If you want to eliminate creationism, you have to do it from within. You have to build your argument on their values instead of your own.


Yeah, I grew up in that paradigm. Pretty sure I understand it. However, I am characterizing creationism as stupid. It really is a stupid idea. This is not the same thing as saying that every Creationist is stupid...smart people have dumb ideas sometimes, and dumb people, smart ones. People are complex. However, the idea itself, and the culture around it, is very unhealthy, and opposed to science and education. It's a pretty blatant form of anti-intellectualism. Saying this about it is not merely done because it is insulting, it is done because it is fact. Yes, the facts of creationism ARE insulting, but that makes them no less factual.

It is utterly wrong to say that you can convince someone only by accepting their values. Sometimes, someone's values are wrong. And values can be constructed such that logical conclusions are impossible. For instance, the valuation of literalism and faith above fact. Once you've stopped valuing fact, you've entered a realm where logic need not apply.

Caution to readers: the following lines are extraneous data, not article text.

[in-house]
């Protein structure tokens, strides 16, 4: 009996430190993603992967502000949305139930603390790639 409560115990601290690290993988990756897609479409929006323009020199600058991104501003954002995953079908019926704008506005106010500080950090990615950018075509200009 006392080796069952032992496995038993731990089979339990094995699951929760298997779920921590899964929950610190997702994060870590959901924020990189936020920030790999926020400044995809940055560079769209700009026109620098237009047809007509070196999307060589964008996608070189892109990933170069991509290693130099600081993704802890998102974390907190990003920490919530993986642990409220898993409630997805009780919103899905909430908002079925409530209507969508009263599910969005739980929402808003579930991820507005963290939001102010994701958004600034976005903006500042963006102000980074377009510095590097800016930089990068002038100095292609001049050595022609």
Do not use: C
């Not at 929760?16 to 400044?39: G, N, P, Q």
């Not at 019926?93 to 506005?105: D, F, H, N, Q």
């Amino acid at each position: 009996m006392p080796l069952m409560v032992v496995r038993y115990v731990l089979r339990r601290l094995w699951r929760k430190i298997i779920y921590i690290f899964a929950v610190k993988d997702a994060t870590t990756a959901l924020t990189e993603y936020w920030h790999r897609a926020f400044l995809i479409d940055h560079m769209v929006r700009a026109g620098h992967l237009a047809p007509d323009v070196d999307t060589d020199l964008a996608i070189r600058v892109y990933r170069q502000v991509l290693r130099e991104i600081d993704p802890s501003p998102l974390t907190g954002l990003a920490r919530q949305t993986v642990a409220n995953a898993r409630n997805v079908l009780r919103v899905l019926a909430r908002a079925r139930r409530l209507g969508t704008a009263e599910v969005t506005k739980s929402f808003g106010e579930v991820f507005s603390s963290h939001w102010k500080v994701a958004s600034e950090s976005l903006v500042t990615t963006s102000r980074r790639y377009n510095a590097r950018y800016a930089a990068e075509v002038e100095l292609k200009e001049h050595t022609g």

Tyndmyr wrote:A bad thing does not have to be exclusive to one group to be dangerous....why do we keep circling back around to this?

Because this thread revolves around criticizing one group for a bad thing that is not exclusive to that group. It's like focusing on the race of a criminal rather than the crime that was committed.


That's a terrible analogy. That's a non-casual factor, and alternative explanations exist that enjoy excellent support. Literally nobody has proposed evidence for creation being non-causal here. The creationists themselves believe it to be causal. Nobody has proposed an alternative explanation for why this correlation exists.